Mexico’s legal cannabis market could generate USD $2.1 billion within first four years

If the Founder and Executive Chair of New Frontier Data, Giadha A. DeCarcer, is correct in her latest prediction, Mexico’s yet-to-be-launched legal cannabis market could generate upwards of $2.1 billion within its first four years of operation. 

Acknowledged as the official founder of the acclaimed Washington D.C.-based premier data, analytics and technology firm, DeCarcer announced the optimistic projection ahead of her opening keynote speech at the recently-held CannabiSalud Business & Investment Conference in Cancun, Mexico. 

Considering the fact that Mexico is in a prime position to act as a bridge connecting the well-established North American cannabis markets with the nascent markets that are transpiring across Latin America, she makes a good point.

Mexico’s prohibitionist stance towards cannabis is easing

Since the Mexican Supreme Court deemed cannabis prohibition unconstitutional three years ago, the country has made significant progress in the right direction. Cannabis became a hot topic in 2020, when the MORENA Party’s Sen. Jesusa Rodríguez adorned her desk with a cannabis plant.

The biggest obstacle was overcome late last year, when the Senate approved a legalization measure that was subsequently revised by the Chamber of Deputies and passed in March, before the amended version was cleared by a handful of Senate committees.

Despite its approval by Senate committees, Mexico’s cannabis legalization bill was forced to undergo further amendments as per the request(s) of Senate leaders. According to Senate Majority Leader Ricardo Monreal, additional revisions may be required to ensure the bill is 100 percent ready for adoption.

About Mexico’s cannabis legalization bill and suggested revisions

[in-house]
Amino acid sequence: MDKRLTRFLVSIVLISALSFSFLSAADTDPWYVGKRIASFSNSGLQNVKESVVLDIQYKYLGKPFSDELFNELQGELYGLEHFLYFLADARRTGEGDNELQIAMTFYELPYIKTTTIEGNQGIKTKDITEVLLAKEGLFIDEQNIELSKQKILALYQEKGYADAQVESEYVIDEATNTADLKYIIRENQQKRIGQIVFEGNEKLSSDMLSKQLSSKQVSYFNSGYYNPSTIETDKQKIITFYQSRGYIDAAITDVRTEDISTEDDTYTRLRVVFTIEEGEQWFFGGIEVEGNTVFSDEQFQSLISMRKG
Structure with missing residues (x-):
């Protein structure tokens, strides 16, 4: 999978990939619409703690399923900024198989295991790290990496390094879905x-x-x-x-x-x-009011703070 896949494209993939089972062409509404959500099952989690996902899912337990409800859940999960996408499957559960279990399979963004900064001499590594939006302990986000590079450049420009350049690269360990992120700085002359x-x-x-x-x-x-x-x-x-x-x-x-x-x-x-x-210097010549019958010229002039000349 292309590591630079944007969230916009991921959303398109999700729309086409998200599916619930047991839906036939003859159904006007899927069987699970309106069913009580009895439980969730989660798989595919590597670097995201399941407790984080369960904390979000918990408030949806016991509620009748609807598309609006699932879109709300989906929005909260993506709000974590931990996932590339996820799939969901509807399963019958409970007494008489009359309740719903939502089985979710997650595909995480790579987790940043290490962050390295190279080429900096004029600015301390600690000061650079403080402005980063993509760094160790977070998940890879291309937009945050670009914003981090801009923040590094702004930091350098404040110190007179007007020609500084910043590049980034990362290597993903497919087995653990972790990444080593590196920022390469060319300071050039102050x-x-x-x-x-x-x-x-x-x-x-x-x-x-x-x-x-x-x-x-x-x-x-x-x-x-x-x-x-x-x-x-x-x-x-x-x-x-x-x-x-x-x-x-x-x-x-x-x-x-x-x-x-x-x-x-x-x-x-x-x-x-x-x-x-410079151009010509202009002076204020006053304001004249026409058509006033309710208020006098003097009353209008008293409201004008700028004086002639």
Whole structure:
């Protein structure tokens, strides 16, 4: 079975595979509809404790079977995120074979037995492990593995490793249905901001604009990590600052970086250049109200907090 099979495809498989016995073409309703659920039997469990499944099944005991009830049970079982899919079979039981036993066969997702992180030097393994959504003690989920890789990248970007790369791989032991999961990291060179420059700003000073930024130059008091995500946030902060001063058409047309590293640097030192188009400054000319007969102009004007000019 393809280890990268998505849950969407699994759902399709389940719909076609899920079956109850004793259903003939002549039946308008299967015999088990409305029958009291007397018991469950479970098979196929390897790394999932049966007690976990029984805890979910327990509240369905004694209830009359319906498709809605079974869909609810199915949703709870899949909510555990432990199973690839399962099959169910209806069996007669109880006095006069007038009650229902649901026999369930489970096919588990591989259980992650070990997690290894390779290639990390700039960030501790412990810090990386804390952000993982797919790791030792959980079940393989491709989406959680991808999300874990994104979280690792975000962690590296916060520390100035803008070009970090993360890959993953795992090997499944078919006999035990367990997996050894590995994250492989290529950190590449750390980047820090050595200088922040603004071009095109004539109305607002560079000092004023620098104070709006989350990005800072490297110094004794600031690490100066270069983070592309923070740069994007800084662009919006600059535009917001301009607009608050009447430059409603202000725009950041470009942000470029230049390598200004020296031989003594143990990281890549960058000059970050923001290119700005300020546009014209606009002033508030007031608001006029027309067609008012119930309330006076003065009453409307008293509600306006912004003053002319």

In the event that lawmakers decide to fully adopt Mexico’s legal cannabis bill, adults aged 18 and above would be legally allowed to buy and possess 28 grams of the plant. In addition to this, adult residents could grow a maximum of six plants for personal consumption from the comfort of their own home.

However, a handful of prominent changes were made to Mexico’s cannabis legalization bill by the Chamber of Deputies, such as rules that highlight the prospective industry’s regulatory structure, guidelines for licensing and commercial sales, and additional amendments that would reinforce discipline among Mexicans who are unlawfully caught in possession of large quantities of cannabis.

Moreover, deputies who maintain the power to act on Mexico’s cannabis laws want to protect forested territories from being transformed into cultivation sites, instruct regulators to “coordinate campaigns against problematic cannabis use,” and “develop permanent actions to deter and prevent its use by minors and vulnerable groups.”

The most important revision seeks to eliminate the establishment of a new independent regulatory body that would have been tasked with providing in-depth oversight for the licensing and implementation of Mexico’s legal cannabis program; based on the condition in which it gained Senate approval. Rather, the National Commission Against Addictions (which already exists) is advised to take on the aforementioned duties.

Moving forwards, key legislative leaders of various political Mexican parties are striving to place the subject of cannabis legalization at the top of their agenda this session.